If I decrease koff by a factor of three, what is my new reaction rate
- In reality, the fall in neurotransmitter in the synaptic cleft following the action potential results from two processes – reuptake into the presynaptic cell and breakdown by enzymes. Let’s analyze just the enzyme portion. Imagine the enzyme that breaks down the neurotransmitter needs to decrease the concentration from 10 uM to zero in 1 msec. The Km = 10 nM, the kcat = 1000 s-1 (a very fast enzyme). What concentration of enzyme would you need to achieve an initial rate that would break down 10 uM in 1 msec? Watch your units! (In reality the rate would go down as the neurotransmitter concentration goes below the Km, but we will ignore that here.)
- a) For a reaction that is governed by M-M kinetics, if I have a Vmax of 1 μM/s and a KM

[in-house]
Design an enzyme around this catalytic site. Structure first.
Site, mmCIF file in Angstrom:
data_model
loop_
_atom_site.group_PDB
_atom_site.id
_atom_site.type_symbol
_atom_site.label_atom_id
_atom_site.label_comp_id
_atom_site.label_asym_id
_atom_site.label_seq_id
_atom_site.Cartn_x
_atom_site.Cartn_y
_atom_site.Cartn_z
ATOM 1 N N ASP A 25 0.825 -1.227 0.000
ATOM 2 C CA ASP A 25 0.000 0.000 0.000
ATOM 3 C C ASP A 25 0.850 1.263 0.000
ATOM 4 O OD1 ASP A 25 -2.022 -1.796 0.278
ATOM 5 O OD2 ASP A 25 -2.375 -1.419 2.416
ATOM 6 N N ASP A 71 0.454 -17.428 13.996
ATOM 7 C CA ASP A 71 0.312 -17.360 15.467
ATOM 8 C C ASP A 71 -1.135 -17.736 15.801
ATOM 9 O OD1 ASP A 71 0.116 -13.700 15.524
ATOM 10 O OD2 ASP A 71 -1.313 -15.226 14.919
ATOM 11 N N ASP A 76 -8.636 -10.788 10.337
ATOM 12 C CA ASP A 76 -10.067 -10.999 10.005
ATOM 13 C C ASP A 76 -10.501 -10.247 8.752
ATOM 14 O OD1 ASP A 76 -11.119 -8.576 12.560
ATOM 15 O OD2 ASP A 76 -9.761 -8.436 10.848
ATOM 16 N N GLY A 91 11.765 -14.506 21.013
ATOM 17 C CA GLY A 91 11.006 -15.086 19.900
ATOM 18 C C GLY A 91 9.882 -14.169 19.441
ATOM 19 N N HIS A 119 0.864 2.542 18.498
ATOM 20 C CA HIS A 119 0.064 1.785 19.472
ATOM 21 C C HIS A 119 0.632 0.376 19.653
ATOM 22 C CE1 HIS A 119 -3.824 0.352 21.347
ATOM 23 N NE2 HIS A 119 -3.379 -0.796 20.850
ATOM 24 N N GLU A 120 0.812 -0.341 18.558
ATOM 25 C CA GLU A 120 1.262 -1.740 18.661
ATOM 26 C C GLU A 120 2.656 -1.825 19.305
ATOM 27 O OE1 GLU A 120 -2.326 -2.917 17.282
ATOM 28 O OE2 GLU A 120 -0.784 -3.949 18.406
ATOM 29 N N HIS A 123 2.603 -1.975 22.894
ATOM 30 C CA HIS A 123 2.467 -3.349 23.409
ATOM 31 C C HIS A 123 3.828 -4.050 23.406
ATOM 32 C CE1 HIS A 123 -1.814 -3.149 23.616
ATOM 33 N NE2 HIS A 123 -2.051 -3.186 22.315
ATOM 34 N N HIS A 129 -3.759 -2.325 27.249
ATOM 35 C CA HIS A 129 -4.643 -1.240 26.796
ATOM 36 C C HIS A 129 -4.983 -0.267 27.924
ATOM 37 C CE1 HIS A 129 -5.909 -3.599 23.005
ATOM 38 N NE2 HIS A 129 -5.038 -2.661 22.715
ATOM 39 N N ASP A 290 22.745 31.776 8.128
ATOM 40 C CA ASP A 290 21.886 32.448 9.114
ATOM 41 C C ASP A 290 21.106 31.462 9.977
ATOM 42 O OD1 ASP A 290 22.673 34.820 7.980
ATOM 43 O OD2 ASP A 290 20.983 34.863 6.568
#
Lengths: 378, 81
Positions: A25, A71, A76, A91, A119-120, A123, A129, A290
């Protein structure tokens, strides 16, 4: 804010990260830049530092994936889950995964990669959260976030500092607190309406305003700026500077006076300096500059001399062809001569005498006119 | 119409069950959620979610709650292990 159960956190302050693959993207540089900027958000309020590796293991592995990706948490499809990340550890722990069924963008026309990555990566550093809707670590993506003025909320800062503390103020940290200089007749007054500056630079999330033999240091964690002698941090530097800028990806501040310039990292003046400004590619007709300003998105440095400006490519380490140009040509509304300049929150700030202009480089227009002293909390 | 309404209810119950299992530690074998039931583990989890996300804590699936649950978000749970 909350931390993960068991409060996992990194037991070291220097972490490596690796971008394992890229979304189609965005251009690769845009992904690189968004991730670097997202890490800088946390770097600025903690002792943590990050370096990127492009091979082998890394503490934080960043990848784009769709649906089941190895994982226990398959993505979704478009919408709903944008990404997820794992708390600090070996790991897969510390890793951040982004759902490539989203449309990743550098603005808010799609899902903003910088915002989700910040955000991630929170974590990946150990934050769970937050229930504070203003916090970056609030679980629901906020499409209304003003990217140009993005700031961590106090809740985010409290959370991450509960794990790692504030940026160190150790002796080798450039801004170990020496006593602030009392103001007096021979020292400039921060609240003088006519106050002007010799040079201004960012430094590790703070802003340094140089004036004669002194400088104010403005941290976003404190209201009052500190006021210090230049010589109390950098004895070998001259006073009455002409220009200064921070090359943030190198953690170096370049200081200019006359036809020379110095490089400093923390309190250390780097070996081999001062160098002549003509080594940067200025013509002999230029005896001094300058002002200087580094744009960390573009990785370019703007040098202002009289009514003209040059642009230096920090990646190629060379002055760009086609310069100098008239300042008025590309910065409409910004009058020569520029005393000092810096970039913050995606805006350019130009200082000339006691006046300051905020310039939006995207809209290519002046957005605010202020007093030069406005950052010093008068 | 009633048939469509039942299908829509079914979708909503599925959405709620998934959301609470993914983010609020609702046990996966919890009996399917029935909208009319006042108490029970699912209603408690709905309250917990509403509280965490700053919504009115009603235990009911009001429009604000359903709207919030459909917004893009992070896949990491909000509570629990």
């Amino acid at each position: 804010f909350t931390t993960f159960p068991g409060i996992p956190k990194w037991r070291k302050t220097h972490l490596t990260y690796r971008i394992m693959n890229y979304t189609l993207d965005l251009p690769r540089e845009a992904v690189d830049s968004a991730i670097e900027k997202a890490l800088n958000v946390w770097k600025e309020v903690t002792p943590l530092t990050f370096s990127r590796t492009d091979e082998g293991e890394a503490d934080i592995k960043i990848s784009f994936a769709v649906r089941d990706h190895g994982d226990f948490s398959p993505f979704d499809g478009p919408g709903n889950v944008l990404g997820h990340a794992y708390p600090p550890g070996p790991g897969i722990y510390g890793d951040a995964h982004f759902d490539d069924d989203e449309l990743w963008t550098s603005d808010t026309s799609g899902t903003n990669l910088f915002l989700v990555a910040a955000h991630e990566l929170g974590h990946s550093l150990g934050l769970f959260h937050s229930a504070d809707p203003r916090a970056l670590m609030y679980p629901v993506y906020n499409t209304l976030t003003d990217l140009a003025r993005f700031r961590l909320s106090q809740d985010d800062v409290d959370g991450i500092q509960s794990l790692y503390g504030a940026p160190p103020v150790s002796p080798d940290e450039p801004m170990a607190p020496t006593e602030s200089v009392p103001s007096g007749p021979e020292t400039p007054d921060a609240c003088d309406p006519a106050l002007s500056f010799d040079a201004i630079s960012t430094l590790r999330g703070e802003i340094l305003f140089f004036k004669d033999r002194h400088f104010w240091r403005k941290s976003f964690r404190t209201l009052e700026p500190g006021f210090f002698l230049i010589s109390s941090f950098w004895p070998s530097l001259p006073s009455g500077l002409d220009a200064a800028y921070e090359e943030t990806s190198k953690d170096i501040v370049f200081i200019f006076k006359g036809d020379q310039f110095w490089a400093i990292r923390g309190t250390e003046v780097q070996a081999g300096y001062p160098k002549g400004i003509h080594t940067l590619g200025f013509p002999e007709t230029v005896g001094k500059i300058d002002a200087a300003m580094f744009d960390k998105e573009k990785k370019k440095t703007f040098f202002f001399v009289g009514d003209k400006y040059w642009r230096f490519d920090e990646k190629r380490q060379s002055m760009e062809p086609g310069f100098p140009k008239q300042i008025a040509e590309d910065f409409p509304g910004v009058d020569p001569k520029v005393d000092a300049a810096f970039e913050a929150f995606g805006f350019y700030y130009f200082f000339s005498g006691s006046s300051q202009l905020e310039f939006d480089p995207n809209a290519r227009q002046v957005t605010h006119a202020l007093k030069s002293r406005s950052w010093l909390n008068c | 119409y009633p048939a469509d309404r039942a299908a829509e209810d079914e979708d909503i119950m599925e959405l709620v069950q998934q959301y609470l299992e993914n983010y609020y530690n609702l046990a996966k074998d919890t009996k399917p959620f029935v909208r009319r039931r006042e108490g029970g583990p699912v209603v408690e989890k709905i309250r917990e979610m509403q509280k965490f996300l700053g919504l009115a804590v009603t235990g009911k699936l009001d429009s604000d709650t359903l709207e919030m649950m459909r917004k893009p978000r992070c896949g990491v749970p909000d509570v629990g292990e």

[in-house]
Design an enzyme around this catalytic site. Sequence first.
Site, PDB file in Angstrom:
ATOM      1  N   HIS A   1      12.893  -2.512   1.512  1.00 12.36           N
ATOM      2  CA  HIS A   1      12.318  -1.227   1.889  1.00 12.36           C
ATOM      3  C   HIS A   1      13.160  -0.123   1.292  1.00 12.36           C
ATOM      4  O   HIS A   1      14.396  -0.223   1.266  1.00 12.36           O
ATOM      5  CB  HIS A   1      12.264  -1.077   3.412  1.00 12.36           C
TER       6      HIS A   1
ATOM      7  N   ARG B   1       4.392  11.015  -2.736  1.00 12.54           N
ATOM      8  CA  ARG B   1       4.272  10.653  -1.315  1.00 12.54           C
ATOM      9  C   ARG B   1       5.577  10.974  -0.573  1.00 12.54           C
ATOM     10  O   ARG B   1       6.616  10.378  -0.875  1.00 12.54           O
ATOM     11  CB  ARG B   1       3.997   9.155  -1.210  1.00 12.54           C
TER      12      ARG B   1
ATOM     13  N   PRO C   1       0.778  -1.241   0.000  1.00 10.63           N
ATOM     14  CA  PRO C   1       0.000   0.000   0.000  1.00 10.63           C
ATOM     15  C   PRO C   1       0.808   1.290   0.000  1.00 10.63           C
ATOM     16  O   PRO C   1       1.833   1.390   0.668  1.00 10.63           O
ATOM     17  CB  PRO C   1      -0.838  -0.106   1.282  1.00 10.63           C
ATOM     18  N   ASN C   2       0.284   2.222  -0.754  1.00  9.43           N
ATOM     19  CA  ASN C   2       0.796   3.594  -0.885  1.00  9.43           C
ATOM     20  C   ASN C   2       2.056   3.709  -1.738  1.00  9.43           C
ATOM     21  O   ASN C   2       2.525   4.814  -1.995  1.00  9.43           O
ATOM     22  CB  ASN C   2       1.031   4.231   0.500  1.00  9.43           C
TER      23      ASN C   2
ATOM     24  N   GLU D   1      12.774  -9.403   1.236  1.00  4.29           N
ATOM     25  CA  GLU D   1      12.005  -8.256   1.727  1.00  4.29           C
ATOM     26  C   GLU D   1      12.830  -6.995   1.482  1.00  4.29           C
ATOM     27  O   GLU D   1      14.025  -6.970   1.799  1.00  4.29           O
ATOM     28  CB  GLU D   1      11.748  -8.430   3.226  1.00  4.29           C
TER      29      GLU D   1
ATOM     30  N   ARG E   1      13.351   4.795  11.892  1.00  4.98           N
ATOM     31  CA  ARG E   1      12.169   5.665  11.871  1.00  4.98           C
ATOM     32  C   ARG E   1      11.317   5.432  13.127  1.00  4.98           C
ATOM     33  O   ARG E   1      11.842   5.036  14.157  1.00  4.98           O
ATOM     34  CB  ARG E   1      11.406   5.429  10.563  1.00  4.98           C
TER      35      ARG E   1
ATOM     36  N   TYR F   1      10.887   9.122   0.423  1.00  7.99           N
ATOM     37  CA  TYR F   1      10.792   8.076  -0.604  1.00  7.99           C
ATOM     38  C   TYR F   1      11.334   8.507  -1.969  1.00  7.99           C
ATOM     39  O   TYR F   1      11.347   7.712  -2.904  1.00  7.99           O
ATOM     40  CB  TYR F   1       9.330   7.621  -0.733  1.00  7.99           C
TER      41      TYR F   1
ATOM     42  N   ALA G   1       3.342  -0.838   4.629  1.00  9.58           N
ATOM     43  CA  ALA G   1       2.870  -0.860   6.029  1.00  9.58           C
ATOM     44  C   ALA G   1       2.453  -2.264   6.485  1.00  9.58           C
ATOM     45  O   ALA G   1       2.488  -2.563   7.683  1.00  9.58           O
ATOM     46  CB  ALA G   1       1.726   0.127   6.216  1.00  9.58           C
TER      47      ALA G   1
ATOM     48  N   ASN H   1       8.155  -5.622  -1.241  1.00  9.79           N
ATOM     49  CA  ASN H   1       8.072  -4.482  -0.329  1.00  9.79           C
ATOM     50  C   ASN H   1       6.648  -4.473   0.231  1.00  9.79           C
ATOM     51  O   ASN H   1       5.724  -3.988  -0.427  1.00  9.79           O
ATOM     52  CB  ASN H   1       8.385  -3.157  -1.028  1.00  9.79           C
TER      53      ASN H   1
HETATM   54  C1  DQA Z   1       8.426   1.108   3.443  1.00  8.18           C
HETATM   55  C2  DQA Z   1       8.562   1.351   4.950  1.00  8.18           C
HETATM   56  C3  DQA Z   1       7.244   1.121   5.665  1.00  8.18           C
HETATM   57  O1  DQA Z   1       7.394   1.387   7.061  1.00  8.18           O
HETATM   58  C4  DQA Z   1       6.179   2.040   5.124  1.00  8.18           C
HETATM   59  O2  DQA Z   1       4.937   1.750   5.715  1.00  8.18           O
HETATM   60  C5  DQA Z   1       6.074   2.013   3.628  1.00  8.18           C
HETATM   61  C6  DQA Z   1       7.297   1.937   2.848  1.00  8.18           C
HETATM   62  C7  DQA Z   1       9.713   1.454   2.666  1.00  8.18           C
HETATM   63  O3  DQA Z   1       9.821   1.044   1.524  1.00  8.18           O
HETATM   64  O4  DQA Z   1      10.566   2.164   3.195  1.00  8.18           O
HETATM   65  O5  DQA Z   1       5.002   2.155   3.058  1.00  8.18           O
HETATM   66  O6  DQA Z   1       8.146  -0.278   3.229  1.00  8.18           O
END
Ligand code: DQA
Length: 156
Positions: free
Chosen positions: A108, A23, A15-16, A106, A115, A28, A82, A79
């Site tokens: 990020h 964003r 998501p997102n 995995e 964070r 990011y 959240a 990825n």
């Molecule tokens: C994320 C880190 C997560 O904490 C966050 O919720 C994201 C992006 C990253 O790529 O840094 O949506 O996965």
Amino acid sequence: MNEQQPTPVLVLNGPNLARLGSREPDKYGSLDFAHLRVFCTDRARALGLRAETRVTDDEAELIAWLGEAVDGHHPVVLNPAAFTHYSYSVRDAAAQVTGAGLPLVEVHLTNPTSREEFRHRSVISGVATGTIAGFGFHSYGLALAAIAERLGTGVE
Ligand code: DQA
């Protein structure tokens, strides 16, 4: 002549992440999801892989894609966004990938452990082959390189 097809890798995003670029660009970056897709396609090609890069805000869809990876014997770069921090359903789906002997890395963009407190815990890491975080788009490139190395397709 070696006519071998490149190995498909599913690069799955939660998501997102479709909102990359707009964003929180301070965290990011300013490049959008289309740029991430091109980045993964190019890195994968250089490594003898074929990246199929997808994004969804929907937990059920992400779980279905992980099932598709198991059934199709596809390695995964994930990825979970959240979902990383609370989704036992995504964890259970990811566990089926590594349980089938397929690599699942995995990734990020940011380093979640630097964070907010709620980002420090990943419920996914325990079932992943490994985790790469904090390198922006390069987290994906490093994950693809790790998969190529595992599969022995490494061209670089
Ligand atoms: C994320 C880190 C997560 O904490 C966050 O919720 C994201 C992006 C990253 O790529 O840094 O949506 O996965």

of 1 μM, what is the reaction rate if I my substrate concentration is 0.1 μM?
b) If I decrease koff by a factor of three, what is my new reaction rate?
c) If I instead phosphorylate 80% of my enzyme and completely inactivate them, what is my new reaction rate?
3) Imagine that a cell surface receptor for some hormone ligand has an extracellular ligand binding domain, a transmembrane domain, and an intracellular domain that is an enzyme that phosphorylates other proteins. When no ligand is bound, the enzyme is turned off and when ligand is bound the enzyme is fully active. Which will lead to the largest increase in the phosphorylation rate in the cell: doubling the number of receptors on the cell, doubling the hormone concentration, or doubling the affinity of the receptor for its ligand? Which will lead to the smallest increase in the phosphorylation rate? Explain your answer.